Last year I created a QR code scavenger hunt as a way to engage a small group of students in reading. I wasn’t quite sure where this would lead me, but I knew we needed to increase to energy and investment to the topic during our time together.
The whole project started when we read a short book about Jane Goodall. While the book contained great information, I wanted my students to learn more about Jane while working on comprehending beyond what was directly stated in text. I wanted them to infer MORE about Jane and her travels to Africa to study chimpanzees. I wanted them to take ownership of learning about her experiences instead of ‘memorizing’ or ‘trying to remember’ the facts they had just read.
So the QR code scavenger hunt was created. Over the course of a week the students scanned QR codes which lead them to different videos, photo galleries, and articles (suitable for their reading level) about Jane. Their inquiry question was: What evidence show successes or difficulties Jane experienced while studying chimpanzees? It took teacher modeling and guided practice together with a couple of the sites, but by the third and fourth day they were observing and writing evidence on their own.
What a proud moment for them! Here was a group of 2nd graders independently wanting to learn more about Jane and her work and thinking beyond what they saw, heard, and read to infer successes and difficulties she experienced while studying the chimpanzees. They had to sift through the information gained from the web resources and critically think about if it supported the overarching question. To conclude their work, the students made short newscasts, with support, to share their learning with each other and me using TouchCast.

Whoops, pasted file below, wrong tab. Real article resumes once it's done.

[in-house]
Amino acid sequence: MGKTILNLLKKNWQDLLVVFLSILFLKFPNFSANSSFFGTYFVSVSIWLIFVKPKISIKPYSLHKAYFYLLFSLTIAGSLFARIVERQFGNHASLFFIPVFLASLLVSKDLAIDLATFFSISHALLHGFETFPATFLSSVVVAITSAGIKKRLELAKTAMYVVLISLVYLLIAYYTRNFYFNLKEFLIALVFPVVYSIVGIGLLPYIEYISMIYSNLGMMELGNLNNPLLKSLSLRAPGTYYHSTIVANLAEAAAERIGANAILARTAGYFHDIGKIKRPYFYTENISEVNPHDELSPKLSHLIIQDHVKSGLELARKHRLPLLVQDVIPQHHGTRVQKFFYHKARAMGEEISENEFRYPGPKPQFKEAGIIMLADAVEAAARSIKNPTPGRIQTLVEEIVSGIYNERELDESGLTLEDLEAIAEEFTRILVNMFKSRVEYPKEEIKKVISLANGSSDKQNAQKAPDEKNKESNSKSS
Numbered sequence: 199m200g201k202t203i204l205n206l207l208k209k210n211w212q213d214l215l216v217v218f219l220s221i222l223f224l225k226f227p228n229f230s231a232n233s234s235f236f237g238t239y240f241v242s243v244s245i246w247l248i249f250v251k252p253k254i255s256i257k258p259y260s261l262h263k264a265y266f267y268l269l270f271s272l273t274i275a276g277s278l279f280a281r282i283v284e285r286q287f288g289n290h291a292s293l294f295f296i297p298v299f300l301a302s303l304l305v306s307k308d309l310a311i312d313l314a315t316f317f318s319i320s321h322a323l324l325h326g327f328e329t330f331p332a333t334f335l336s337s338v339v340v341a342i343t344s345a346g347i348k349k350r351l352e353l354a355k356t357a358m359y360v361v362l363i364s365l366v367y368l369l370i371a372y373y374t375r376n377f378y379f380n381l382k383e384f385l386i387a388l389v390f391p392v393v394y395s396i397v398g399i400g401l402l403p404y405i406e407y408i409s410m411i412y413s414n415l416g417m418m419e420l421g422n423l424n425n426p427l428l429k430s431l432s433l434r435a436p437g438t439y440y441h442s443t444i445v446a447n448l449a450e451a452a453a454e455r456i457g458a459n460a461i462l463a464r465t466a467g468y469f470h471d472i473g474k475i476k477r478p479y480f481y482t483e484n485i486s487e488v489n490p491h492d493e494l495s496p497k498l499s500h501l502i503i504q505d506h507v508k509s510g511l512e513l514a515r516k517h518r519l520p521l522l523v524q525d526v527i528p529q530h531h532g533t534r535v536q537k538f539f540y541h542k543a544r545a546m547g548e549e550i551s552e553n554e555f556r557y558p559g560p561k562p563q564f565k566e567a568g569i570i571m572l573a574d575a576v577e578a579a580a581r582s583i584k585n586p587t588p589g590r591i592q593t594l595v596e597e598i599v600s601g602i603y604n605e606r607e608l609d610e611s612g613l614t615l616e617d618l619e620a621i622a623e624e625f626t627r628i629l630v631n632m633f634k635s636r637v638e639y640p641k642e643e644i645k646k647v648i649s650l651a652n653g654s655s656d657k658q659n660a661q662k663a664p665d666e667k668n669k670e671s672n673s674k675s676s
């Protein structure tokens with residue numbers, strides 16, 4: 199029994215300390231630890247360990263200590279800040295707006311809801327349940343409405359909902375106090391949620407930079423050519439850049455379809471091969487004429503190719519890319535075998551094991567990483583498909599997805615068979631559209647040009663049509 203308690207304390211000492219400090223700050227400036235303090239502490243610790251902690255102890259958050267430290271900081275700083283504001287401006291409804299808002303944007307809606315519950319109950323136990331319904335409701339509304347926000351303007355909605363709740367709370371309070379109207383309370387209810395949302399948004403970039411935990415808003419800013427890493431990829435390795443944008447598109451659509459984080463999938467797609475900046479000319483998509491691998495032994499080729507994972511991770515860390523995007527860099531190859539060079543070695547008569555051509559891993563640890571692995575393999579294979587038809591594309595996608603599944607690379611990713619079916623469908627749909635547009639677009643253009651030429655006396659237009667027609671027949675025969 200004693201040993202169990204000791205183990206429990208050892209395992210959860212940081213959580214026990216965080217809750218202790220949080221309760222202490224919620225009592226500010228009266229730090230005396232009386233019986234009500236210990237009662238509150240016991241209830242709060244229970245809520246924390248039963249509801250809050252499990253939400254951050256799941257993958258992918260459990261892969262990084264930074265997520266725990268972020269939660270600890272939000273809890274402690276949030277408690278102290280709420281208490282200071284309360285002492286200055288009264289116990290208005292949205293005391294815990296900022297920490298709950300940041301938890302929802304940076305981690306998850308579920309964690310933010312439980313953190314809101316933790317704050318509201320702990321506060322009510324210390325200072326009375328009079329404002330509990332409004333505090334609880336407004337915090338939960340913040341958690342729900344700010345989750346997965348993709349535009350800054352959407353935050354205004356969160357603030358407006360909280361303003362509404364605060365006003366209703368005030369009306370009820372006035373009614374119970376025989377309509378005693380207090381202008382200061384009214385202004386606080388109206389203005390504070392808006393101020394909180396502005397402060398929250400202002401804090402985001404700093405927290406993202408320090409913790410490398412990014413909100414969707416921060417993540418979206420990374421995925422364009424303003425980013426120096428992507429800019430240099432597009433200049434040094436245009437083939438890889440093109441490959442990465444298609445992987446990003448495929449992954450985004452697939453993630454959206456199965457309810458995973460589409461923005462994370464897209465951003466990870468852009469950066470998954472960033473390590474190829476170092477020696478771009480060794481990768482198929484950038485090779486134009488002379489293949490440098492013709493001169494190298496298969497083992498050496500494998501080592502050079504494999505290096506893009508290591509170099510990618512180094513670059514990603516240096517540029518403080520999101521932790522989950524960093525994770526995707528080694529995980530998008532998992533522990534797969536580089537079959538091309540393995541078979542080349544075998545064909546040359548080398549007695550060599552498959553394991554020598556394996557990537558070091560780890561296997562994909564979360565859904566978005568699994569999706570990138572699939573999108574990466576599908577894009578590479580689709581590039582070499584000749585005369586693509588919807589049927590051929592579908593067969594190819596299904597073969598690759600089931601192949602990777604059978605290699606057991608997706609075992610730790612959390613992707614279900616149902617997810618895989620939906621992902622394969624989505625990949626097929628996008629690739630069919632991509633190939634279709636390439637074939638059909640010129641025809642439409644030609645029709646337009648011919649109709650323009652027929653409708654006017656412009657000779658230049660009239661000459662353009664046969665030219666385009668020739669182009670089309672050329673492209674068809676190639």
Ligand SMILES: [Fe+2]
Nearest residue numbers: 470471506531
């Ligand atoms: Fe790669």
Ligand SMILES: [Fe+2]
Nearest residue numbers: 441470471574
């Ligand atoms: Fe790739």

This year I have worked with and provided learning opportunities for teachers to create their own QR scavenger hunts. One example is a collaboration with two 4th grade teachers to create a scavenger hunt to support the question, “How did Early Californians use the resources of the land to survive?” Students worked in partners to explore ways the early Californians used resources for their tools, shelter, food, and clothing in the various regions of California. Again, success was had with students being engaged and taking ownership of their learning!
Here are the big take-aways from these projects and terrific evidence on why I’ll continue to use, and promote use of, QR code scavenger hunts.
*Authentically collaborated with each other
*Focused on using evidence from the web sources in their writing
*Independently took control of their task for each day
*Asked questions of me and each other while investigating the web sources
*Reached the ultimate objective: Synthesizing information from multiple sources (thinking on and beyond the text and sources).
Ready to make one? All materials can be viewed and downloaded by scanning the QR codes in this document!
Click here for a printer friendly version of how to create QR codes with the goo.gl url shortener.
Chico Unified Staff Development
Google Certified Trainer
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